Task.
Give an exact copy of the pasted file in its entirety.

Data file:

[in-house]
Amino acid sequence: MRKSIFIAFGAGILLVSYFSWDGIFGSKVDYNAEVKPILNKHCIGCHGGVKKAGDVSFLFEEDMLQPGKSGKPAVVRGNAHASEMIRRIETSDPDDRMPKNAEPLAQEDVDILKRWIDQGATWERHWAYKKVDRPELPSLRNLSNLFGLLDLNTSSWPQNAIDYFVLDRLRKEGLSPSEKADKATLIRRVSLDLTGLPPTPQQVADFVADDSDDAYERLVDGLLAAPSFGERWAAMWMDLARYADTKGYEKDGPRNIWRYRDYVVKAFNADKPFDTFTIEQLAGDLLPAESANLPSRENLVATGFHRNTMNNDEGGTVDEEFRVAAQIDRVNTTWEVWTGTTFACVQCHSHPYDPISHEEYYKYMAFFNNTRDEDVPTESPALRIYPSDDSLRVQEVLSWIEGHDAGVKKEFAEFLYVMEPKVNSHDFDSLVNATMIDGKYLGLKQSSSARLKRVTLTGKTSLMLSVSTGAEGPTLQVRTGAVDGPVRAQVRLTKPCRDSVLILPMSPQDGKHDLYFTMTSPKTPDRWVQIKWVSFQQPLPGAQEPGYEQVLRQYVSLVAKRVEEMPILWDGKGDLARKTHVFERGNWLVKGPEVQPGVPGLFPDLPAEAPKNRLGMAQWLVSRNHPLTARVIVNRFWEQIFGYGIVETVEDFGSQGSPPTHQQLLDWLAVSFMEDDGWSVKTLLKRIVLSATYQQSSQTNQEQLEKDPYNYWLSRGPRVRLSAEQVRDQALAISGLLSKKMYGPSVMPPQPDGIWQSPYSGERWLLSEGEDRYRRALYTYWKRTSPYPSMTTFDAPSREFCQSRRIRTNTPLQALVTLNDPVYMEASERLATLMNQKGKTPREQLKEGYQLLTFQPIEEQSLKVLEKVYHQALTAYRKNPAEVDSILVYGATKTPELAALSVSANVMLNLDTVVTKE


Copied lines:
[in-house]
Amino acid sequence: MRKSIFIAFGAGILLVSYFSWDGIFGSKVDYNAEVKPILNKHCIGCHGGVKKAGDVSFLFEEDMLQPGKSGKPAVVRGNAHASEMIRRIETSDPDDRMPKNAEPLAQEDVDILKRWIDQGATWERHWAYKKVDRPELPSLRNLSNLFGLLDLNTSSWPQNAIDYFVLDRLRKEGLSPSEKADKATLIRRVSLDLTGLPPTPQQVADFVADDSDDAYERLVDGLLAAPSFGERWAAMWMDLARYADTKGYEKDGPRNIWRYRDYVVKAFNADKPFDTFTIEQLAGDLLPAESANLPSRENLVATGFHRNTMNNDEGGTVDEEFRVAAQIDRVNTTWEVWTGTTFACVQCHSHPYDPISHEEYYKYMAFFNNTRDEDVPTESPALRIYPSDDSLRVQEVLSWIEGHDAGVKKEFAEFLYVMEPKVNSHDFDSLVNATMIDGKYLGLKQSSSARLKRVTLTGKTSLMLSVSTGAEGPTLQVRTGAVDGPVRAQVRLTKPCRDSVLILPMSPQDGKHDLYFTMTSPKTPDRWVQIKWVSFQQPLPGAQEPGYEQVLRQYVSLVAKRVEEMPILWDGKGDLARKTHVFERGNWLVKGPEVQPGVPGLFPDLPAEAPKNRLGMAQWLVSRNHPLTARVIVNRFWEQIFGYGIVETVEDFGSQGSPPTHQQLLDWLAVSFMEDDGWSVKTLLKRIVLSATYQQSSQTNQEQLEKDPYNYWLSRGPRVRLSAEQVRDQALAISGLLSKKMYGPSVMPPQPDGIWQSPYSGERWLLSEGEDRYRRALYTYWKRTSPYPSMTTFDAPSREFCQSRRIRTNTPLQALVTLNDPVYMEASERLATLMNQKGKTPREQLKEGYQLLTFQPIEEQSLKVLEKVYHQALTAYRKNPAEVDSILVYGATKTPELAALSVSANVMLNLDTVVTKE